Too much information: week ending 24 June 2011

Brazil introduces OER into federal legislation and adopts local government policy
Creative Commons reports on two new developments in Brazil around open educational resources. Thanks to sustained advocacy from OER-Brazil, legislation is being debated in Brazil that would require government-funded educational resources to be made open. Meanwhile, the municipality of São Paulo’s Department of Education has mandated that all the educational content it funds should be released under a Creative Commons licence.

United States faces legal challenges to domain name seizures
The Open Net Initiative reports that “Puerto 80 Projects, owner of one of Spain’s most popular websites, is suing the United States government for seizing their domains, and”. The Electronic Frontier Foundation, Public Knowledge and the Center for Democracy and Technology have filed an amicus brief arguing that the seizures amount to prior restraint on speech.
ONI report | Amicus brief

French government plans to extend internet censorship
La Quadrature du Net reacts to reports of a draft executive order put forward by the French Government which would several of its ministries the power to arbitrarily censor any content or service on the internet.

Turkey continues to push for restraints on internet
Voice of Amwerica summarises developments in the Turkish government’s bid for increased control of the internet.

Knight Foundation announces winners of 2011 News Challenge, plus funding for Center for Civic Media
Sixteen winners of the 2011 Knight News Challenge were annouced this week, including the Open Knowledge Foundation, Ushahidi’s Swiftriver social media parsing web application and UK-based data lab ScraperWiki. In parallel, the foundation has announced over $3m of support for MIT’s Center for Civic Media (formerly the Center for Future Civic Media) over three years. The rebranded Center will be led by Ethan Zuckerman.
News Challenge winners | Interview with Ethan Zuckerman about his new role

Information imperialism?
Adam Fish points at the dark side of US State Department funding for “Internet Freedom” projects in other countries.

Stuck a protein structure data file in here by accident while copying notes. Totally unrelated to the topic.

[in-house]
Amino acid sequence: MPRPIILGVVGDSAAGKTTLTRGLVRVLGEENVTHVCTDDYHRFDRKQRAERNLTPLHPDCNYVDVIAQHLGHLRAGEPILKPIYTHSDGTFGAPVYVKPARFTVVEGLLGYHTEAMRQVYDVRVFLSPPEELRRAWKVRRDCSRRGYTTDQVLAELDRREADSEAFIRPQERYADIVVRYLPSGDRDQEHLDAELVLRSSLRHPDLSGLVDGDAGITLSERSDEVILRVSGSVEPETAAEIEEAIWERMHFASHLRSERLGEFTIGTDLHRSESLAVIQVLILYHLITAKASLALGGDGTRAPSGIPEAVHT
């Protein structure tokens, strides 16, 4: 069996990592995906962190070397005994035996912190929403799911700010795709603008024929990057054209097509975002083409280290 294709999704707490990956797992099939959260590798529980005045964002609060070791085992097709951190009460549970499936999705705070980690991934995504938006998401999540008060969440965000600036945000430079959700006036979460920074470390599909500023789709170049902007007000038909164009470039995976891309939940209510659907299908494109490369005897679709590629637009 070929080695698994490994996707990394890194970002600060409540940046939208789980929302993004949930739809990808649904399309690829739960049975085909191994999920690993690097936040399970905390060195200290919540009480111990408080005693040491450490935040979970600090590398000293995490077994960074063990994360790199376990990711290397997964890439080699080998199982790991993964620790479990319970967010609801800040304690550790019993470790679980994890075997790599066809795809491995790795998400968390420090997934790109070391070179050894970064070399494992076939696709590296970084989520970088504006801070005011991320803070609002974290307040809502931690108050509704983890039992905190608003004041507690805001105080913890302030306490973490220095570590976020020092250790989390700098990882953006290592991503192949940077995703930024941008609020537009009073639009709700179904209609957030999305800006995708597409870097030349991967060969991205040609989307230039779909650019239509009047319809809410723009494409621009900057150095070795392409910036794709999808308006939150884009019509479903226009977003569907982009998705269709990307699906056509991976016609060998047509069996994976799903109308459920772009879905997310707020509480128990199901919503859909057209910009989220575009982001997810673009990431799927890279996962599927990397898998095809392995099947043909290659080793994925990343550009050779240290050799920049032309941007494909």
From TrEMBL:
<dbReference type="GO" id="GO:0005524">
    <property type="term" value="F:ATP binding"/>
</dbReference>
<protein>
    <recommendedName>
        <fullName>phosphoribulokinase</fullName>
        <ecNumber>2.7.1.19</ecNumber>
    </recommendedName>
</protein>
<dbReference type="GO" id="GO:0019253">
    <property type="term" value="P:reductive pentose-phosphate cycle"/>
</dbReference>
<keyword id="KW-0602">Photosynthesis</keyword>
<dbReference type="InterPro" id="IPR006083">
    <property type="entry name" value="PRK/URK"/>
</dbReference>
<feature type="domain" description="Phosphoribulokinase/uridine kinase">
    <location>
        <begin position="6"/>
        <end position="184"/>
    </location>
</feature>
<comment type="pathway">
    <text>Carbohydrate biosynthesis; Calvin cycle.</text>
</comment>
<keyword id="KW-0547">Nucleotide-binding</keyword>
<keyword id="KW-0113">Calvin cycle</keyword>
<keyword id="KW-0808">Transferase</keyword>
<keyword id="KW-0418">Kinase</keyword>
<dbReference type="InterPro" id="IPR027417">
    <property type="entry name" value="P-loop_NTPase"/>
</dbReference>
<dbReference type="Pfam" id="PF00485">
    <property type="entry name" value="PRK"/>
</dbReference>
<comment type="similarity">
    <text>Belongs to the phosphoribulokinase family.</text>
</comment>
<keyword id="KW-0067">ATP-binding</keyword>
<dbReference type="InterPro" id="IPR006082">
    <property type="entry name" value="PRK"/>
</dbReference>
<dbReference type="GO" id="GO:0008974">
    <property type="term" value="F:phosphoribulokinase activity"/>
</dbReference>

Book: The Long History of New Media: Technology, historiography, and contextualizing newness
This new collection of essays takes the long view on “new” media, arguing that “the new in new media must be understood to be historically constructed… with an eye on the future, or more correctly, an eye on what we think the future will be.”

EIFL 2010 annual report
The annual report of the activities of the Electronic Information for Libraries (EIFL) project in 2010 celebrates the role the organisation played in getting libraries’ copyright concerns on the agenda at the World Intellectual Property Organisation, and in negotiating over $175 million of savings on commercial e-resources for libraries in its network, which stretches over 45 countries.

The state of e-Government in Latin America
The Information Civica blog has published an English translation of Juan Arellano’s comprehensive profile of e-government initiatives in Latin America.

Fair use best practices: the Israeli experience
This paper describes the authors’ experience building a coalition of scholars in Israel to decipher and defend fair use provisions in the context of education and research. The website provides a summary of the paper, and a copy of the best practice guidelines the scholars developed for teachers and researchers making use of fair use provisions in Israeli copyright law.
Paper | Summary | Guidelines

Audio: Through a Web Darkly
Participants including Ben Hammersley and Evgeny Morozov discuss how the web spreads ignorance and conspiracy, and examines ways in which an open society can mitigate these effects at this event co-sponsored by OSF.

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